AbstractSport and its use to achieve social aims in programmatic interventions has gained increasing attention over the last ten years. My original contribution to knowledge is to demonstrate that the dynamics of power in sport for development and peace (SDP) are driven by a quest to record social reality. Critical accounts in SDP have only partially explained the dynamics of power at work in the sector. I use the perspective of Foucauldian governmentality, combined with an interpretative and qualitative methodology, to interrogate collected data through critical discourse analysis (CDA). This demonstrates, in a novel departure, that discursive alignments between corporate social responsibility initiatives and SDP non-governmental organisations (NGOs) are the constituents of the connections between macro and micro levels in the economy of SDP. These connections that change practice have been termed elsewhere a “technology of governmentality” (Hayhurst, 2011). I uniquely demonstrate that alignments are rationally justified on what I have termed here, a logical basis, which is in turn founded upon the results of microtechniques of monitoring & evaluation (M&E) of programme interventions in SDP. In a further unique contribution to knowledge I show that this requires the reconstruction of the meanings of time and space during the M&E process, temporally and spatially limiting wide arrays of human experience.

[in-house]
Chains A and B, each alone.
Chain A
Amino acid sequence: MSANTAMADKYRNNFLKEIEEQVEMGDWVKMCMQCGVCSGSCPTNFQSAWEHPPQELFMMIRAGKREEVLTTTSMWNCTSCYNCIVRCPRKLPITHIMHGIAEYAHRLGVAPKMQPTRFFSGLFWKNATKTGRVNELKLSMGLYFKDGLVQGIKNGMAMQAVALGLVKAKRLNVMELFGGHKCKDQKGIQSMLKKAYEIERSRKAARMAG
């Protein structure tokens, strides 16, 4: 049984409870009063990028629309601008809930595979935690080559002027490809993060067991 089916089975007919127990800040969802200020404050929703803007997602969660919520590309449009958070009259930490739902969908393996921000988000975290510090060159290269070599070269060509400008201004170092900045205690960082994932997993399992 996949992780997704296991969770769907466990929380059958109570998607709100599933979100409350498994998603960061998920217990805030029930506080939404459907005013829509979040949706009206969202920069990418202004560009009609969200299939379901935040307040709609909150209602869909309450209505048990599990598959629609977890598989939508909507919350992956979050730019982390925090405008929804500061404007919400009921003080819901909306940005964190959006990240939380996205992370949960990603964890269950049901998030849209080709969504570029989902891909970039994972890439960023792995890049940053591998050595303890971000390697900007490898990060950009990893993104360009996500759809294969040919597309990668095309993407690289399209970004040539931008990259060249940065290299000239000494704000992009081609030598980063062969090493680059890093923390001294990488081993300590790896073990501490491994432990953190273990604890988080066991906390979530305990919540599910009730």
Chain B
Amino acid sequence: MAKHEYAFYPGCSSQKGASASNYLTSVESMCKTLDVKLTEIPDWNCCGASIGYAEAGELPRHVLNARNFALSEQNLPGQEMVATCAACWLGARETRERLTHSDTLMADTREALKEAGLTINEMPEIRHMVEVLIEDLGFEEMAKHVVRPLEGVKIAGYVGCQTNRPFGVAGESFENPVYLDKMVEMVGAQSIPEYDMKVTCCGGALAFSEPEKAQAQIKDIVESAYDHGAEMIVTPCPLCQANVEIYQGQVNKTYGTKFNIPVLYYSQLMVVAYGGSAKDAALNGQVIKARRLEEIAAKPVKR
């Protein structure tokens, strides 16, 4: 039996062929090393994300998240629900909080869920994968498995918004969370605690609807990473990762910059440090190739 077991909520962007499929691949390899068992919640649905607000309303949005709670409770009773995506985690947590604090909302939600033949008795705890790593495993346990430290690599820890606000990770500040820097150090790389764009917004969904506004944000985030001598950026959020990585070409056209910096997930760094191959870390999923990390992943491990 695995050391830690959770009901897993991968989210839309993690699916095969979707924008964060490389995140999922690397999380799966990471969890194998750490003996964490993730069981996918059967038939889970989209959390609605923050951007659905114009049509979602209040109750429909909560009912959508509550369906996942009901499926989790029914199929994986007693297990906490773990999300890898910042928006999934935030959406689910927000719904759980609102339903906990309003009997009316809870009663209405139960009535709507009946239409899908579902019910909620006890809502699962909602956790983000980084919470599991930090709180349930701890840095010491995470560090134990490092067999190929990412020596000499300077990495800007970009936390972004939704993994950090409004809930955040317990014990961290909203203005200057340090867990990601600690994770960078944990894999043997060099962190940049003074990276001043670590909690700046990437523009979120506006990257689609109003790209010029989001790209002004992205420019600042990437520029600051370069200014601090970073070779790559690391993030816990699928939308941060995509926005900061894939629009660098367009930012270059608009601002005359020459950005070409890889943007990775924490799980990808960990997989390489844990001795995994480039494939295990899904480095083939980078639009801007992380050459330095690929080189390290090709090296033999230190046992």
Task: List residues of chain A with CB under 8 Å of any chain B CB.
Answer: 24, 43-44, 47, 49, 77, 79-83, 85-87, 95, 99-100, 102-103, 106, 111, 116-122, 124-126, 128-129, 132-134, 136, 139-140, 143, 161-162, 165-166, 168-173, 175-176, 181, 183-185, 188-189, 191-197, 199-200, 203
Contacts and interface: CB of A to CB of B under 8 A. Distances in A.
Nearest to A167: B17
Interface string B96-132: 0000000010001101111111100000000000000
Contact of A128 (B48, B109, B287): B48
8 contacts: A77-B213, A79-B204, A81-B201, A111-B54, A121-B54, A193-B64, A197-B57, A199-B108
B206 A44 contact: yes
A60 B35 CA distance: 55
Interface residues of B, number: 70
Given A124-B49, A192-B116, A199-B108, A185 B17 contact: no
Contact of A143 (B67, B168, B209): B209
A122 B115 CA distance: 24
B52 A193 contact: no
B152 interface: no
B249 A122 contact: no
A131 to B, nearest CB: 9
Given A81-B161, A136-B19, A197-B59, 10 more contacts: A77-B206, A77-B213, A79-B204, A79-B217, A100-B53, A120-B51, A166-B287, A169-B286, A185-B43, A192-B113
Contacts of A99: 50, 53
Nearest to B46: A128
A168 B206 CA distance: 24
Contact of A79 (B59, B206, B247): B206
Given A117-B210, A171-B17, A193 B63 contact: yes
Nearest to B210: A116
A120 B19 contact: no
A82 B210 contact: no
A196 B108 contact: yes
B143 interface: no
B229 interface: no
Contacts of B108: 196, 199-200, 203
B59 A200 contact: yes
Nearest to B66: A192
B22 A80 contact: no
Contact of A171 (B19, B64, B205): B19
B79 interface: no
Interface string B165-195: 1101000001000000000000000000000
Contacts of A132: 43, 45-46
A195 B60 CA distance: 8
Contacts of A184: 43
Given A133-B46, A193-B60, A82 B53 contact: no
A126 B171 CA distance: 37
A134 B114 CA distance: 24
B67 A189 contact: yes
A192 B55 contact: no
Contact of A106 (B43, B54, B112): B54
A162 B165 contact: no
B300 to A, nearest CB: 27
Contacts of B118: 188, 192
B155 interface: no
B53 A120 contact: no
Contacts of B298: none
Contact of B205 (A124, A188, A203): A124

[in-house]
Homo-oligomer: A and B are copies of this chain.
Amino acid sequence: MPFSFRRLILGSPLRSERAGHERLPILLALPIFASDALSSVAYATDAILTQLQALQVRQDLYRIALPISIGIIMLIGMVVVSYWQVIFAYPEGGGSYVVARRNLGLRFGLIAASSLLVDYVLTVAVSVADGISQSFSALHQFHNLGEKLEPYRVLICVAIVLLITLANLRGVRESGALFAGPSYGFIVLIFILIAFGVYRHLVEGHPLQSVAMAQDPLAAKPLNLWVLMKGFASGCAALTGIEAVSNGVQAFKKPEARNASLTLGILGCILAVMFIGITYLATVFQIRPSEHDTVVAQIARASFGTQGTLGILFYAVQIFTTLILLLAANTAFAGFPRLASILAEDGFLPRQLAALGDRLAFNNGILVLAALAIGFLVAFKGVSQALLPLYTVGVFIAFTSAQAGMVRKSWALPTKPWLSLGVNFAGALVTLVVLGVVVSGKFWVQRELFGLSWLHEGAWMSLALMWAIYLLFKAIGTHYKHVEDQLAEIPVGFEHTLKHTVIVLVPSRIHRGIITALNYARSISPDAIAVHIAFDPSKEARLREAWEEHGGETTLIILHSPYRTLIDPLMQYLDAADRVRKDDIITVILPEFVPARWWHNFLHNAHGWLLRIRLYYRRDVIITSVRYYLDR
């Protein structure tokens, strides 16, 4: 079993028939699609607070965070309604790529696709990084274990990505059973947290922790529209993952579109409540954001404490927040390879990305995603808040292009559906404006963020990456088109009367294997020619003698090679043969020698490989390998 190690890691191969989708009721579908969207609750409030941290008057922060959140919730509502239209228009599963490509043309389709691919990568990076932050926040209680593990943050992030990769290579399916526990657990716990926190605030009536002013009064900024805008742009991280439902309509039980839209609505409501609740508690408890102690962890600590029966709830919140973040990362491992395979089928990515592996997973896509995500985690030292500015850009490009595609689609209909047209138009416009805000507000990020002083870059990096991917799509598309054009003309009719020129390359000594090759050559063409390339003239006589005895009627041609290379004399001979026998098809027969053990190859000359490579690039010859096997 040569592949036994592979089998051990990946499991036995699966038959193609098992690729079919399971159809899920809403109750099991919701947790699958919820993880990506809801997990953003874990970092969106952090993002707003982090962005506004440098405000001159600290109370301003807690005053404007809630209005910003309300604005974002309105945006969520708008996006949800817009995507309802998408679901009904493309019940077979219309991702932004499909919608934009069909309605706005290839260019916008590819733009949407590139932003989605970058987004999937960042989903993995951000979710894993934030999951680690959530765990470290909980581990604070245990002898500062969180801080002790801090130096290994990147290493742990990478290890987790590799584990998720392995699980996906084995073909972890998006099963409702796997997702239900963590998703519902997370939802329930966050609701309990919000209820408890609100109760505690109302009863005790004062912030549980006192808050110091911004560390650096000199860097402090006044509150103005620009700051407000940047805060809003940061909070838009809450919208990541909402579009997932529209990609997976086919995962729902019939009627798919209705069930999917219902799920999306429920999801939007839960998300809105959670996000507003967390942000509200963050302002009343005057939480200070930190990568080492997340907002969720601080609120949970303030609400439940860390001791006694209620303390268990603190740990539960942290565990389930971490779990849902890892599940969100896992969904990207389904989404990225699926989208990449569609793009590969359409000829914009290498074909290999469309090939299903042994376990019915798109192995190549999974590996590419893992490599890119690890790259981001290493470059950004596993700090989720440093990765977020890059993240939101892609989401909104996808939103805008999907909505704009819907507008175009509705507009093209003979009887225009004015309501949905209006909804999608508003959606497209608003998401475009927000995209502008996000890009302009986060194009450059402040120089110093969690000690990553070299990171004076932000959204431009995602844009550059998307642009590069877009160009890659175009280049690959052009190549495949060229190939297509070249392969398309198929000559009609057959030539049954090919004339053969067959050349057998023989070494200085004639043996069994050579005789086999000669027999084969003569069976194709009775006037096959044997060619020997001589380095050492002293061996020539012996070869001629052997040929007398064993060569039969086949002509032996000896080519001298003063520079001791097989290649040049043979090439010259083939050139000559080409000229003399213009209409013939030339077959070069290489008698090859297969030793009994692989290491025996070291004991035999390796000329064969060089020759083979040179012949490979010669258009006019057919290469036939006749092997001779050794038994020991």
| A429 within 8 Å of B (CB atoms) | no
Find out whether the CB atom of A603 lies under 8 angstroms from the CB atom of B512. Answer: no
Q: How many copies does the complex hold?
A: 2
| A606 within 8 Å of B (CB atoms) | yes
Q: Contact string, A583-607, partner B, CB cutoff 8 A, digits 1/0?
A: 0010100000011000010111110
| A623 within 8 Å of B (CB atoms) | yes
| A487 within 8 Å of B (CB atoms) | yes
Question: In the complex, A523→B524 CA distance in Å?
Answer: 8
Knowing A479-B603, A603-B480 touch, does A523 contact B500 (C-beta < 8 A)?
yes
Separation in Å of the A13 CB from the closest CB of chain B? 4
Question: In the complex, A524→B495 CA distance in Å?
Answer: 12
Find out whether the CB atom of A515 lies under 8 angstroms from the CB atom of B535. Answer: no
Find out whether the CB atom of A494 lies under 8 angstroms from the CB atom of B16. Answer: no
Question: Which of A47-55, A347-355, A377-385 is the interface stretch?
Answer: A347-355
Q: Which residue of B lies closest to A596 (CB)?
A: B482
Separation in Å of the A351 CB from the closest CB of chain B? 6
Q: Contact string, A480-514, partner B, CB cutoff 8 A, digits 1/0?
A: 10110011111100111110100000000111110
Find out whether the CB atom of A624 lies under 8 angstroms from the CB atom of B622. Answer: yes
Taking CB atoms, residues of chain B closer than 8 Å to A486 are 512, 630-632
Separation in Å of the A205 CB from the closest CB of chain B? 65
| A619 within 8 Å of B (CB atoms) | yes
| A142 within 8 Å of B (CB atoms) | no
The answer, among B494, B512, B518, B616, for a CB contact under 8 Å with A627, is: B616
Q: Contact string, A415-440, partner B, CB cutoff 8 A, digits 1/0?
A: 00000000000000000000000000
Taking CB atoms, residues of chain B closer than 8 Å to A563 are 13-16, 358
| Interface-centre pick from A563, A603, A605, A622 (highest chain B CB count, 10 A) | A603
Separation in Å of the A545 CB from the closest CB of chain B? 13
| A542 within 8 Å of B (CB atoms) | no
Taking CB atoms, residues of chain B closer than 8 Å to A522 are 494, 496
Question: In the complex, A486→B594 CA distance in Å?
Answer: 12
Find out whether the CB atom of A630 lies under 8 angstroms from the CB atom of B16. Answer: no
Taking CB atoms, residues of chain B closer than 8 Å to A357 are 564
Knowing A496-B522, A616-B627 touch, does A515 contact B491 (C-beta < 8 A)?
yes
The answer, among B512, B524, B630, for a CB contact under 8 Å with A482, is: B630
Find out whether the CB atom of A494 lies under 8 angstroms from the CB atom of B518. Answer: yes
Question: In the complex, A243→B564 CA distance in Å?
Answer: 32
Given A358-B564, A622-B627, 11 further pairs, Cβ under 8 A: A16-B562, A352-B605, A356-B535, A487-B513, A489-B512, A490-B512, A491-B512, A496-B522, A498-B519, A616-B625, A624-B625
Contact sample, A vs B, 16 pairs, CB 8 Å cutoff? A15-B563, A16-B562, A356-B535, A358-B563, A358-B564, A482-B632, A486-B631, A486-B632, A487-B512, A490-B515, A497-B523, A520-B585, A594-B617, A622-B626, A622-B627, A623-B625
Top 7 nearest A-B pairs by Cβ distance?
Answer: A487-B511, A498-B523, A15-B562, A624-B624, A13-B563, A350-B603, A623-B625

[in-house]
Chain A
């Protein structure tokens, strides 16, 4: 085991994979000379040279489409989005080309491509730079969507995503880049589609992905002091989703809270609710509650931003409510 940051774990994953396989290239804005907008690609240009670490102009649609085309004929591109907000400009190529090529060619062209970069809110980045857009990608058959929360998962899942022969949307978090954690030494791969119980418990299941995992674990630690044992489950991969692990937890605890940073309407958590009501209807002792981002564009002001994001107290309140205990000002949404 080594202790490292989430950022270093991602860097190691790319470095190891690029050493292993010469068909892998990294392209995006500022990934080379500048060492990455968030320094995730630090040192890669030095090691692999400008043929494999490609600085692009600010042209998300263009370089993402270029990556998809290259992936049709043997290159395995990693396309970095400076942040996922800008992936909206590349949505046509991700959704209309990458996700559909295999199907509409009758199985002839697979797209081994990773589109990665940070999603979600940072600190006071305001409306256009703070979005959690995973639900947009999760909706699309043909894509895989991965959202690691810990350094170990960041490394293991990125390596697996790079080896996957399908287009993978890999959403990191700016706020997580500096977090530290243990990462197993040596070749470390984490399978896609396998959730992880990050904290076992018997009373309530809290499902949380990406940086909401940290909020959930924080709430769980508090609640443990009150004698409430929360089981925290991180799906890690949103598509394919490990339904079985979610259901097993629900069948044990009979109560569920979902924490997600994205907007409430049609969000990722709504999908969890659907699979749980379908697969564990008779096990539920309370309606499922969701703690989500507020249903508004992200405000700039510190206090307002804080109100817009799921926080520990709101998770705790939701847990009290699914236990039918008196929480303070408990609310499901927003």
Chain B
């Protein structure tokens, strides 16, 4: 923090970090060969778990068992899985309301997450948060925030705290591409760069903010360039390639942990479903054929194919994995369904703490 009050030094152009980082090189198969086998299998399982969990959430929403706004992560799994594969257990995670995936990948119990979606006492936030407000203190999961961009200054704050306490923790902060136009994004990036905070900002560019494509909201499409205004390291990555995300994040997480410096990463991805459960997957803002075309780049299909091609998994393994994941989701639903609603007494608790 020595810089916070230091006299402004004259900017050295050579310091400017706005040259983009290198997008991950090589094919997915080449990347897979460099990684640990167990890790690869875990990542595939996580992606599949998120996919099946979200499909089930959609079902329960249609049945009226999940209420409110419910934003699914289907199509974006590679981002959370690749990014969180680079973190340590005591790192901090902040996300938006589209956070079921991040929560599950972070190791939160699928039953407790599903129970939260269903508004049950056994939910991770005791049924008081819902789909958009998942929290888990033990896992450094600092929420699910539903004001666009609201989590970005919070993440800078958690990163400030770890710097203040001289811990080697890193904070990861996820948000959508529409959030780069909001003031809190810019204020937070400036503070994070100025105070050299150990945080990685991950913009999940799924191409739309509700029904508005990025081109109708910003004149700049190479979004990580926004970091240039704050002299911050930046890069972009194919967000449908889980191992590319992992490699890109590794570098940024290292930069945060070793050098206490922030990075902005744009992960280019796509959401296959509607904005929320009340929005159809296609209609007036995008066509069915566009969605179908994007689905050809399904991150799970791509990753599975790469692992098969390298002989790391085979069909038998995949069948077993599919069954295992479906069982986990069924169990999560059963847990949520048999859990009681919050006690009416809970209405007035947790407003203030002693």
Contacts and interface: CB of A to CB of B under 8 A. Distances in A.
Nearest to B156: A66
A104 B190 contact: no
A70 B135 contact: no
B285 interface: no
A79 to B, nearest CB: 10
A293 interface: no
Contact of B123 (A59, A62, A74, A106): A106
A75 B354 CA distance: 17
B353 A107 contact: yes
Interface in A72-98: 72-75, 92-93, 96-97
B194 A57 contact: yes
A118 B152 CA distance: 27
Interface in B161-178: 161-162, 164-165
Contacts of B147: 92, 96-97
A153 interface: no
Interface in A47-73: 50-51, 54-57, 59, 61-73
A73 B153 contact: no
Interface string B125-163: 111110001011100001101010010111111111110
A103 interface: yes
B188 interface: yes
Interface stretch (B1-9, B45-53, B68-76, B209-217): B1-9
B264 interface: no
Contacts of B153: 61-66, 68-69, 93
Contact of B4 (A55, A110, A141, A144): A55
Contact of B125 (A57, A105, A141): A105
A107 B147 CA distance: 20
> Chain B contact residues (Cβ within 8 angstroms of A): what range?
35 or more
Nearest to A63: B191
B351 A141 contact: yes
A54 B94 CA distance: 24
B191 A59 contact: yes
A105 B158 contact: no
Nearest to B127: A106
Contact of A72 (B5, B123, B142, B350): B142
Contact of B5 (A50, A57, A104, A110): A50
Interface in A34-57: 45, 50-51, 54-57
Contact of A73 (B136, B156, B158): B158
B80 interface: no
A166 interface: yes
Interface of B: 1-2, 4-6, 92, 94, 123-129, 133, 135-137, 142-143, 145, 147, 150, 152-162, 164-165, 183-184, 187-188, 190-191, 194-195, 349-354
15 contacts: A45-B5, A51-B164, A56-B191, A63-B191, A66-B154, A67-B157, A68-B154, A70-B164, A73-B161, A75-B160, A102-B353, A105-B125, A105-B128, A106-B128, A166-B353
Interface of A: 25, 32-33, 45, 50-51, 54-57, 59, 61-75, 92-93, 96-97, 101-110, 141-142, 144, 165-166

|Date of Award||Jan 2017|
The power dynamics of sport for development and peace: governmental rationalities and microtechniques
Naish, J. (Author). Jan 2017
Student thesis: Doctoral Thesis